License Plate Recognition (LPR) Data
LPR data is data from police cameras that scan and capture images of automobile license plates, and correlate those images to GPS location information. Plate information is then cross-checked against a database of open warrants and stolen vehicles for “hits.”
Data classification prior to Session
Prior to the 2013 session, all LPR data was presumptively public, and could be requested by anyone. Stories run by the Star Tribune newspaper in 2012 raised the public profile of LPR technology, and its data status became an issue during the session.
Going into the session, MNCOGI’s position on LPR data was that all such data should be given a “not public” classification for a short period of time, in order to allow the data to be properly segregated. Then, all “hit” data should be retained as public “incident” data, while all “non-hit” data should be destroyed. In addition, MNCOGI advocated for the public to have as much information as possible about the use of LPR technology.
Several LPR bills were introduced during the legislative session – one in the House, and two in the Senate (SF 210, SF 385, and HF 474). Certain of the bills attempted to classify “hit” data as “private” or “nonpublic” for a period of time, while mandating an immediate purge of all other data.
During a Senate hearing, law enforcement representatives sought – and won – an amendment to SF 385 that maintained all LPR data as “private or nonpublic” for 90 days before being destroyed. SF 385 never went to a floor vote in the Senate.
The House bill (HF 474) mandated the destruction of LPR data upon collection unless the data constituted “hit” data, in which case it was classified as “confidential or protected nonpublic,” so long as it was part of an active criminal investigation. The bill also contained several provisions relating to access to information about LPR technology – including the number and placement of LPR cameras, hours of use, and aggregate numbers of plates scanned. HF 474 went to a floor vote, and was passed by the House of Representatives.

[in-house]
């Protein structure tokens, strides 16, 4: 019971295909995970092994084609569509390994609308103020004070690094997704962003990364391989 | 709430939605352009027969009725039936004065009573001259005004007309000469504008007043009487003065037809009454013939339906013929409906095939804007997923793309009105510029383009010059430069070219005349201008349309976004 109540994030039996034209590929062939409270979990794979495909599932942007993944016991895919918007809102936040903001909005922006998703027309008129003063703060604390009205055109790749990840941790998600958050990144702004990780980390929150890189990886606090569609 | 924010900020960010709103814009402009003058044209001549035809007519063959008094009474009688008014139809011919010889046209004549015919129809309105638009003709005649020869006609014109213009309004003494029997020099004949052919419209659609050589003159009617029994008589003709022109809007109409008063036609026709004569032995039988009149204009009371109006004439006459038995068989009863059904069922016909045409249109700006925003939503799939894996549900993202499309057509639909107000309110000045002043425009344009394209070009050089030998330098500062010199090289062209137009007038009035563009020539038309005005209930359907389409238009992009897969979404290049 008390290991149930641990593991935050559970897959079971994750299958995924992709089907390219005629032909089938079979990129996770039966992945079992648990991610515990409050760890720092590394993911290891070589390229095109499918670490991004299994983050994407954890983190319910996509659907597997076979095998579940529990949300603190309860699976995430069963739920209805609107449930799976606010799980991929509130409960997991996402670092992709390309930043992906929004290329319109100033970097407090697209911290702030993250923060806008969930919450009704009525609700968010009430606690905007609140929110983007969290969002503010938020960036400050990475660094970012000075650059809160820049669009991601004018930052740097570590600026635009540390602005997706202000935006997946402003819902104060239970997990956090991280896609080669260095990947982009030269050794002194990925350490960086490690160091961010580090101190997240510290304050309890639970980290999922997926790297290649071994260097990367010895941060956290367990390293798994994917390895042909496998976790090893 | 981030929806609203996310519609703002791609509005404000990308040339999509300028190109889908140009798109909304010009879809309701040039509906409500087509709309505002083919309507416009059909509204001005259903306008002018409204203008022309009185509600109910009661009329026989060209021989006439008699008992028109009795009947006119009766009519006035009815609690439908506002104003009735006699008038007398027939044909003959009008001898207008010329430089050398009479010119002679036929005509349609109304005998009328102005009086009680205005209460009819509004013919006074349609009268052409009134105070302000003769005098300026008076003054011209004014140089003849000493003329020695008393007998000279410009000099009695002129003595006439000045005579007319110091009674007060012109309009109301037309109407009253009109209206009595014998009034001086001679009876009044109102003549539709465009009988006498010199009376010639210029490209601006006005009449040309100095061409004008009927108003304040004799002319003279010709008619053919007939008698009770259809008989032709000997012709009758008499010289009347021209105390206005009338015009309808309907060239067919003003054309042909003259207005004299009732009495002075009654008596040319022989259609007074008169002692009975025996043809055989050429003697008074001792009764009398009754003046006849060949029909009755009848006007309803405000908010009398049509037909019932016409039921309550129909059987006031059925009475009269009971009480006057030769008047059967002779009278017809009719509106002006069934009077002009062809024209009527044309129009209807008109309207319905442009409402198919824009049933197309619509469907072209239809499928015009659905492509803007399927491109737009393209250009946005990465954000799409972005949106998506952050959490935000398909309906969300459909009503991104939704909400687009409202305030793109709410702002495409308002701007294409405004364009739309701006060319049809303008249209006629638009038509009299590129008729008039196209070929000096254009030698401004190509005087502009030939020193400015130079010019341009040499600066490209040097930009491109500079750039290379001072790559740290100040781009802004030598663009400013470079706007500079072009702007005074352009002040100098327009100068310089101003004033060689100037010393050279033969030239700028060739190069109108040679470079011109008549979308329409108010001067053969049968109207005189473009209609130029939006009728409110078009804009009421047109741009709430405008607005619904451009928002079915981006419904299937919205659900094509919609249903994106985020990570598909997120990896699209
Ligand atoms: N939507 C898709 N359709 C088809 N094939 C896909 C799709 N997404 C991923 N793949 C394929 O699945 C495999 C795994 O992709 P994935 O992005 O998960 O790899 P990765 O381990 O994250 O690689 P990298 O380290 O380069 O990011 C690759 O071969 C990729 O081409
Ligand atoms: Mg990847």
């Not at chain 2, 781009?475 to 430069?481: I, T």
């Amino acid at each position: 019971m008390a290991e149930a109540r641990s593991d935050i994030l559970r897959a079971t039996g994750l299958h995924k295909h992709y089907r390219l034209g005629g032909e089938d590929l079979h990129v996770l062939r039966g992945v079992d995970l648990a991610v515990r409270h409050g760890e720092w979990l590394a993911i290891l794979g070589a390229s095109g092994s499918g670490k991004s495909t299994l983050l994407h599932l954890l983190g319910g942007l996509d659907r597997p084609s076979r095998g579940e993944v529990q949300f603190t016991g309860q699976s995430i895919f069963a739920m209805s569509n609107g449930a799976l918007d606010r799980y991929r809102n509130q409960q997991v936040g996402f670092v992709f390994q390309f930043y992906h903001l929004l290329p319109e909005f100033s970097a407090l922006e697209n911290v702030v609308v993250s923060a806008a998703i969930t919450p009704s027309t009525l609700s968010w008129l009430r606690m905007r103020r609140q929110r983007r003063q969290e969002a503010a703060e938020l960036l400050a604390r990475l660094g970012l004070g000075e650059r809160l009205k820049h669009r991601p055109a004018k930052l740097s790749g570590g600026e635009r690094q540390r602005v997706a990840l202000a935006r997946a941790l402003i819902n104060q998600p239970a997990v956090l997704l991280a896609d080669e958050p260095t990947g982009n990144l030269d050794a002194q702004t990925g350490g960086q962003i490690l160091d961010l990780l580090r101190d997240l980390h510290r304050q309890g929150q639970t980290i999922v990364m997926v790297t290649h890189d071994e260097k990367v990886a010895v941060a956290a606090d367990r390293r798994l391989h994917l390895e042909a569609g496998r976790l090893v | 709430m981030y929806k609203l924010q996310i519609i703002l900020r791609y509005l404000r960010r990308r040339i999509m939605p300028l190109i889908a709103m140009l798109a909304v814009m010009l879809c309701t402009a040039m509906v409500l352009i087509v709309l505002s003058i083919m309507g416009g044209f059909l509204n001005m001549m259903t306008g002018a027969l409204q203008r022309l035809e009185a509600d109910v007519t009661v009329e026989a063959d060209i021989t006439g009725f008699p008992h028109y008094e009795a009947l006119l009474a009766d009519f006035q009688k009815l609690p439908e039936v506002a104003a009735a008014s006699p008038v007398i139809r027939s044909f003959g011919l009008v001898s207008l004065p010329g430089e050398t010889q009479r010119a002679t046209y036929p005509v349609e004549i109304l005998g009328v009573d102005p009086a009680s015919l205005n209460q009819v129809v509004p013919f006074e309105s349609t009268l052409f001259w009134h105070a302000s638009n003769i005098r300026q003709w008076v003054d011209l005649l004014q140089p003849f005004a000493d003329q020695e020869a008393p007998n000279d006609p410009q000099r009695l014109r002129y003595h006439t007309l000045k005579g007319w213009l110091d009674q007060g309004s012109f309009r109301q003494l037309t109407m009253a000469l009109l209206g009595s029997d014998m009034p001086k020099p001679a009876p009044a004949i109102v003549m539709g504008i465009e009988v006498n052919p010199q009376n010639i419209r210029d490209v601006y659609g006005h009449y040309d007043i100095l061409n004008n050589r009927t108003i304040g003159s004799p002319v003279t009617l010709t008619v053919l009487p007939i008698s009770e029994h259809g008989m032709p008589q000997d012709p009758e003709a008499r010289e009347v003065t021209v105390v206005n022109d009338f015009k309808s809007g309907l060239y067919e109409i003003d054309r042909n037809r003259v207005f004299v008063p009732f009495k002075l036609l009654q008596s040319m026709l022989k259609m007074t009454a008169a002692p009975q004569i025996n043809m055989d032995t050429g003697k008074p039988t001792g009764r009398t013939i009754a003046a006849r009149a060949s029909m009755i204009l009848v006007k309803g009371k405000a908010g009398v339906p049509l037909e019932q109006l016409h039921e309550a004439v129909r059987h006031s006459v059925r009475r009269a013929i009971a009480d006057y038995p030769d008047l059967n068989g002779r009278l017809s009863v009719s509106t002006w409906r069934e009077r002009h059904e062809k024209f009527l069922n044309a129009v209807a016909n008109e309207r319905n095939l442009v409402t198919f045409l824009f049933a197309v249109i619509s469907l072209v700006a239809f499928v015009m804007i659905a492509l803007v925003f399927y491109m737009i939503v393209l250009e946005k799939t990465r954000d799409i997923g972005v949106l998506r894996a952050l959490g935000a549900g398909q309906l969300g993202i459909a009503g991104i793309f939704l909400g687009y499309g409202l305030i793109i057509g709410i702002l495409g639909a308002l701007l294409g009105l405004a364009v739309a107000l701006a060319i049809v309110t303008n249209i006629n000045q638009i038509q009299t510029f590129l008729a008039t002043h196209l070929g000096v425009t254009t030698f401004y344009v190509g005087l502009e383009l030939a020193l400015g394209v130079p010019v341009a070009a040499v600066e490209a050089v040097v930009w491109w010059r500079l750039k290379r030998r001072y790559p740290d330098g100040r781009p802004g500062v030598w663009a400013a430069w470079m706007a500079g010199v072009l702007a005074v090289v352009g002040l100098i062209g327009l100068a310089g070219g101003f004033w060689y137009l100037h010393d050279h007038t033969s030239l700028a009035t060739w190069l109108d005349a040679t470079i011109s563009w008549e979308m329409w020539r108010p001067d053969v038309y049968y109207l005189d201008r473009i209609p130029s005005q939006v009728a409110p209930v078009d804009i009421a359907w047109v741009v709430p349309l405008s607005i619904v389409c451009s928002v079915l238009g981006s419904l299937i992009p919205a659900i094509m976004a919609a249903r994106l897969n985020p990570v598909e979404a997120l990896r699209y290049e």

Just prior to the start of the Session, the City of Minneapolis applied to IPAD for a temporary classification for its LPR data, and sought to make all such data “not public” – including much data on LPR operations. Such a classification would apply until the Legislature chose to act. The Commissioner of Administration then determined to make the temporary classification apply to LPR data statewide.
MNCOGI filed comments in opposition to the temporary classification request. On March 18, 2013, the Commissioner issued a temporary classification that categorized certain LPR data as “private” or “nonpublic” – a classification that became binding, statewide.
The following LPR data became “private/nonpublic” under the terms of the temporary classification: License plate images, numbers, and time/date/location information regarding individual vehicles. Much data relating to the operation of LPR systems is still public.
• Minneapolis application for temporary classification
• MNCOGI comments on Minneapolis classification
• Commissioner’s temporary classification
• SF 210
• SF 385
• HF 474
• Senate Judiciary Committee agenda, Feb 26, 2013, noting MNCOGI testimony related to SF 385
• MNCOGI e-mail to House Civil Law Committee members in support of 1st engrossment of HF 474